Condition: New



Product Number: P108346



Price: $516.42



Pfeiffer Adixen ASM 340 Helium Leak Detector PI1 Gauge Replacement NEW
In Stock: 1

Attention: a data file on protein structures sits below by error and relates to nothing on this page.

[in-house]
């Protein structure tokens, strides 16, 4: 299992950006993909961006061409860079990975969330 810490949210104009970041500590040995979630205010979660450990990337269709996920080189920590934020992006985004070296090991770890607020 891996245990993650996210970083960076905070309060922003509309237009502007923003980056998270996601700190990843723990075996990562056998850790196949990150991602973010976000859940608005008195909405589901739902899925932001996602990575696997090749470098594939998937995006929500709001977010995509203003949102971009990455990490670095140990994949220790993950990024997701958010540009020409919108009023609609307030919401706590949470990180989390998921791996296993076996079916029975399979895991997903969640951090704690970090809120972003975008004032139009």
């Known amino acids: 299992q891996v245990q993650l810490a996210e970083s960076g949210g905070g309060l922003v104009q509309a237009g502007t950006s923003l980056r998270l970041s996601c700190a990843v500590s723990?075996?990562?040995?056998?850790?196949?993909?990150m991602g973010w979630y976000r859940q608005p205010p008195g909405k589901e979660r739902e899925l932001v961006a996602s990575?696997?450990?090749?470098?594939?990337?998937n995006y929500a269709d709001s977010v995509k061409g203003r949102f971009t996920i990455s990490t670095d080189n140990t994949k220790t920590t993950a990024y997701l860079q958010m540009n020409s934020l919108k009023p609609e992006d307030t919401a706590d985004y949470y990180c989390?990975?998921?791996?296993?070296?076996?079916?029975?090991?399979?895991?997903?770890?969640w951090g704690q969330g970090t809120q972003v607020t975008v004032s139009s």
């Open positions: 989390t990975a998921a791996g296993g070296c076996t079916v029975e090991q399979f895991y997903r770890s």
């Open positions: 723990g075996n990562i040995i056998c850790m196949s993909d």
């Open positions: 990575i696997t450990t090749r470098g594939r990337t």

NEW Pfeiffer Adixen ASM 340 Helium Leak Detector PI1 Gauge Replacement Part PI1 (Aluminum) Gauge Only, Leak Detector Sold Seperately This is a PI1 Gauge for a Pfeiffer Adixen ASM340 Helium Leak Detector. We do maintenance on these leak detectors right here at Ideal Vacuum. If you need maintenance or maintenance assistance, please call at 505-872-0037. For maintenance applications as well as small production environments. The ASM 340 helium leak detector table top model offers vacuum (spray probe) or sniffing mode leak detection (with optional probes). These dependable helium leak detectors can be used to find very precise leaks in your vacuum systems. The ASM 340 is characterized by its powerful system, easy operation, ultra fast response time and short recovery time. This ASM 340 is a complete package and has a 2 CFM pumping speed internal dry diaphragm backing roughing pump, and has universal voltage 90-240 VAC. The minimum detectable leak rate available for this unit in vacuum mode is 1x10-12 mbar l/s and in sniffer mode 1x10-9 mbar l/s. The ASM 340 can be adapted to specific applications with the aid of our extensive line of accessories for this multipurpose unit. The Pfeiffer Adixen ASM-340 dry operating instruction manual and product brochure can be downloaded in PDF format below. Helium Leak Testing Basics Helium mass spectrometry, or helium leak testing, is a highly precise means of leak detection. This technology was first developed for the Manhattan Project during World War II to locate extremely small leaks in the gas diffusion process. At the heart of helium leak testing is a complex piece of equipment called a helium mass spectrometer. Quite simply, this machine is used to analyze air samples (which are introduced into the machine via vacuum pumps) and provides a quantitative measurement of the amount of helium present in the sample. In practice, a leak, is identified by a rise in the level of helium being analyzed by the machine. Helium leak testing can identify extremely small leaks. For example, our equipment can detect a leak so small that it would emit just two cubic centimeters of helium (or the amount equal to two sugar cubes) in 320 years. While very few applications require this level of precision, this example serves to highlight the accuracy possible with this process. While helium leak detection may appear to be a simple procedure, the process involves a combination of both art and science. The user must ensure the equipment is functioning properly and the process is highly dependant upon the userís experience. Consider this analogy: while anyone with enough money can buy an airplane, learning how to fly one takes a lot of practice. The same is true with helium leak detectionómake sure your pilot knows how to fly. Why Is Helium Superior? While many gases are used in leak detection, heliumís qualities provide for superior testing. Having an AMU (Atomic Mass Unit) of only 4, helium is the lightest inert gas. Only hydrogen, with an AMU of 2, is lighter than helium. However, due the hydrogenís explosive potential it is rarely used. Additional reasons why helium is a superior tracer gas: Only modestly present in the atmosphere (roughly 5 parts per million) Flows through cracks 2.7x faster than air Nontoxic Nondestructive Nonexplosive Inexpensive User Friendly Due to these attributes, and its high sensitivity, helium leak testing has gained broad acceptance in a wide range of leak testing applications. Helium Leak Testingís two primary testing modes while there are a variety of testing procedures, in general there are: Two primary methods of helium leak testing: Spray Probe Sniffer Probe The choice between these two modes is based on both the size of the system being tested, as well as, the level of sensitivity required. Spray Probe: Provides Maximum Sensitivity For this technique, the leak detector is hooked directly to the system under test and the inside of the system is evacuated. Once an acceptable vacuum is achieved, helium is sprayed discreetly on the outside of the system, with particular attention being paid to any suspect locations. Any leaks in the system, including defective welds (caused by cracks, pin holes, incomplete welds, porosity, etc.), flawed or missing gaskets, leaks due to loose clamps, or any other defect will allow helium to pass and be readily detected by the machine. The source of any leaks can then be accurately pinpointed and repaired. The spray probe process is used to achieve the highest level of sensitivity. The equipment being used dictates the maximum sensitivity achievable; in Jurva Leak Testingís case it is 2x10-10 std cc/sec. This technique does require that the system being tested is relatively leak tight prior to testing, as an ample vacuum is required for testing. However, by using special throttling devices a gross test can typically be performed. The gross test should eliminate any major leaks, permitting the use of increased sensitivity. The following are examples of systems that we test using the spray probe technique: A-bar furnaces E-beam systems Laser systems Metal deposition equipment Distillation systems Vacuum systems Sniffer Probe For this technique, helium is purged throughout the inside of system being tested. Due to the innate properties of helium it readily migrates throughout the system and in its attempt to escape penetrates any imperfections, including: defective welds (caused by cracks, pin holes, incomplete welds, porosity, etc.), flawed or missing gaskets, leaks due to loose clamps, or any other defect. The systemís exterior is then scanned by using a probe attached to the leak tester. Any leaks will result in an increased level of helium nearest the source and be readily detected. Leak sources can then be pinpointed, providing the opportunity for immediate repair and retest. Unlike the spray probe technique, this process is very flexible and can be adapted to meet the needs of any virtually any system in which helium can be injected. There is no practical size limitation. The sniffer probe technique is not as sensitive as the spray probe process, however, due to the amount of helium present in the air (approximately 5 ppm). The maximum sensitivity achievable under this procedure is approximately 1x10-6 std cc/sec. Nevertheless, this process is vastly superior to other traditional leak testing methods, such as: bubble testing, acoustic emission, liquid penetrant or vacuum box testing. The following list is an example of systems that Jurva Leak Testing has tested using the sniffer probe process: Storage tanks (both above ground and below) Floating roofs Underground pipelines Underground cables Aseptic systems (flash coolers, heat exchangers, fillers, etc.) Any vessel/line or system that can be pressurized